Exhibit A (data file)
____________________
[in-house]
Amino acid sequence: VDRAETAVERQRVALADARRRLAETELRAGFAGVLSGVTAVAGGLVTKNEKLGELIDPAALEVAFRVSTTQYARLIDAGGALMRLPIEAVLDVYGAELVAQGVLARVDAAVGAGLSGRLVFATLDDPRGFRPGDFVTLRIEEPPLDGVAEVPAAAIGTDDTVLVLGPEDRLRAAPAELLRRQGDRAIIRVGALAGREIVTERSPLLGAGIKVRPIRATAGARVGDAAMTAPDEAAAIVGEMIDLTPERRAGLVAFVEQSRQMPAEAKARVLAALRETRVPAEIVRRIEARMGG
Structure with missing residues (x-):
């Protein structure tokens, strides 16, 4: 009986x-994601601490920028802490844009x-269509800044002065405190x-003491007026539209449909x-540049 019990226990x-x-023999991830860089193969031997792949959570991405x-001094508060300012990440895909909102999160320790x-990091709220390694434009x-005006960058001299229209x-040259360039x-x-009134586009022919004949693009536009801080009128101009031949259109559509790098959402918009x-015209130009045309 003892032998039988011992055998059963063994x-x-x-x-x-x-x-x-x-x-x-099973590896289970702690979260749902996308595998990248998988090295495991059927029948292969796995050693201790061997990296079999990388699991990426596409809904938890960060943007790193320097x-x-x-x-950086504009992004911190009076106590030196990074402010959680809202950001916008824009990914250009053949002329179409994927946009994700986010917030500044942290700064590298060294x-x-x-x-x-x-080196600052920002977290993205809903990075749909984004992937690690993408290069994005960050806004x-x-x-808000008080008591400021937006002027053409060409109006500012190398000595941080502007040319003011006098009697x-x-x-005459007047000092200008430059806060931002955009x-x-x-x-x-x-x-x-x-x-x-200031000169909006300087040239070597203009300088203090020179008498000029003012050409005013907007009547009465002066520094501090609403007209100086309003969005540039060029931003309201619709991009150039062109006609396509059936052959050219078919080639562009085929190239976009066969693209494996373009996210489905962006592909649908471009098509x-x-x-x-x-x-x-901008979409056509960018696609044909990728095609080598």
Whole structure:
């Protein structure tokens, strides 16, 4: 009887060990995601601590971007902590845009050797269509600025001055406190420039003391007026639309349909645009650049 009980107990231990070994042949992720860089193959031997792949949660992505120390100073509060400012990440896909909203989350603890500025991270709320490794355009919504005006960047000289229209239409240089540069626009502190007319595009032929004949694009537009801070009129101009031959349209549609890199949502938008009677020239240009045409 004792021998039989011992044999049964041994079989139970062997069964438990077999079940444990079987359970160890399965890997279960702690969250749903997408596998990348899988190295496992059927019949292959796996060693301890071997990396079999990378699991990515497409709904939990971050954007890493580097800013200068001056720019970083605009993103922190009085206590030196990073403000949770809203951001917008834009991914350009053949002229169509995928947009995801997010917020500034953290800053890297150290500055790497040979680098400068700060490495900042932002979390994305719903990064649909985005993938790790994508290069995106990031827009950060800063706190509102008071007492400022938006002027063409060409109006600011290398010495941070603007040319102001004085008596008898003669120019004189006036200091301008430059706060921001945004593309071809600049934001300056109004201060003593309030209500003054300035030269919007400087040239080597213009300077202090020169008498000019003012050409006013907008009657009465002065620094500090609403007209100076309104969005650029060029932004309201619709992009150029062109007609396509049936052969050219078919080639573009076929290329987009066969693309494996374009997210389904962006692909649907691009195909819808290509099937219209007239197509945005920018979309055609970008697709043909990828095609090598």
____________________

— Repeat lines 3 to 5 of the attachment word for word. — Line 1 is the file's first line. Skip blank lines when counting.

Structure with missing residues (x-):
């Protein structure tokens, strides 16, 4: 009986x-994601601490920028802490844009x-269509800044002065405190x-003491007026539209449909x-540049 019990226990x-x-023999991830860089193969031997792949959570991405x-001094508060300012990440895909909102999160320790x-990091709220390694434009x-005006960058001299229209x-040259360039x-x-009134586009022919004949693009536009801080009128101009031949259109559509790098959402918009x-015209130009045309 003892032998039988011992055998059963063994x-x-x-x-x-x-x-x-x-x-x-099973590896289970702690979260749902996308595998990248998988090295495991059927029948292969796995050693201790061997990296079999990388699991990426596409809904938890960060943007790193320097x-x-x-x-950086504009992004911190009076106590030196990074402010959680809202950001916008824009990914250009053949002329179409994927946009994700986010917030500044942290700064590298060294x-x-x-x-x-x-080196600052920002977290993205809903990075749909984004992937690690993408290069994005960050806004x-x-x-808000008080008591400021937006002027053409060409109006500012190398000595941080502007040319003011006098009697x-x-x-005459007047000092200008430059806060931002955009x-x-x-x-x-x-x-x-x-x-x-200031000169909006300087040239070597203009300088203090020179008498000029003012050409005013907007009547009465002066520094501090609403007209100086309003969005540039060029931003309201619709991009150039062109006609396509059936052959050219078919080639562009085929190239976009066969693209494996373009996210489905962006592909649908471009098509x-x-x-x-x-x-x-901008979409056509960018696609044909990728095609080598």
Whole structure: